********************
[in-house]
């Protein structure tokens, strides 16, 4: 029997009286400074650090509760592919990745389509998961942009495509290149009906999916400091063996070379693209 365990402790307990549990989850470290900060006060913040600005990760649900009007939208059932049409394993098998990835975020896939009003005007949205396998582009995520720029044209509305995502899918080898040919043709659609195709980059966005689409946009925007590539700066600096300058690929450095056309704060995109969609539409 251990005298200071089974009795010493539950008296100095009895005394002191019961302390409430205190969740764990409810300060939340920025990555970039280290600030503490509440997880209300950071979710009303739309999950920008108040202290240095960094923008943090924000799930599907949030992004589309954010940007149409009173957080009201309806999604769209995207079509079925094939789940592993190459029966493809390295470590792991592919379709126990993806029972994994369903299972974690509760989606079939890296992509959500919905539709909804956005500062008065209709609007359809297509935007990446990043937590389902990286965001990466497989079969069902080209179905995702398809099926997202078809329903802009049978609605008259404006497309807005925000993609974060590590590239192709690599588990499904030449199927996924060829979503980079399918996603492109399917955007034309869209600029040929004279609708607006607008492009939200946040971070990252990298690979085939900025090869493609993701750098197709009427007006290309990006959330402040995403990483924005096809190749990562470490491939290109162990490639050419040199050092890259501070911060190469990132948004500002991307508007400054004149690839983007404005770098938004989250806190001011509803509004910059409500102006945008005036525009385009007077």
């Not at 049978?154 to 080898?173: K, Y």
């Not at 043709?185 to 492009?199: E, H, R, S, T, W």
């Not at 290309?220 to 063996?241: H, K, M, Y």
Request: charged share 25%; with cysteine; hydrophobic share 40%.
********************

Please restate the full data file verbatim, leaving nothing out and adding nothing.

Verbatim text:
[in-house]
């Protein structure tokens, strides 16, 4: 029997009286400074650090509760592919990745389509998961942009495509290149009906999916400091063996070379693209 365990402790307990549990989850470290900060006060913040600005990760649900009007939208059932049409394993098998990835975020896939009003005007949205396998582009995520720029044209509305995502899918080898040919043709659609195709980059966005689409946009925007590539700066600096300058690929450095056309704060995109969609539409 251990005298200071089974009795010493539950008296100095009895005394002191019961302390409430205190969740764990409810300060939340920025990555970039280290600030503490509440997880209300950071979710009303739309999950920008108040202290240095960094923008943090924000799930599907949030992004589309954010940007149409009173957080009201309806999604769209995207079509079925094939789940592993190459029966493809390295470590792991592919379709126990993806029972994994369903299972974690509760989606079939890296992509959500919905539709909804956005500062008065209709609007359809297509935007990446990043937590389902990286965001990466497989079969069902080209179905995702398809099926997202078809329903802009049978609605008259404006497309807005925000993609974060590590590239192709690599588990499904030449199927996924060829979503980079399918996603492109399917955007034309869209600029040929004279609708607006607008492009939200946040971070990252990298690979085939900025090869493609993701750098197709009427007006290309990006959330402040995403990483924005096809190749990562470490491939290109162990490639050419040199050092890259501070911060190469990132948004500002991307508007400054004149690839983007404005770098938004989250806190001011509803509004910059409500102006945008005036525009385009007077």
């Not at 049978?154 to 080898?173: K, Y």
């Not at 043709?185 to 492009?199: E, H, R, S, T, W």
């Not at 290309?220 to 063996?241: H, K, M, Y």
Request: charged share 25%; with cysteine; hydrophobic share 40%.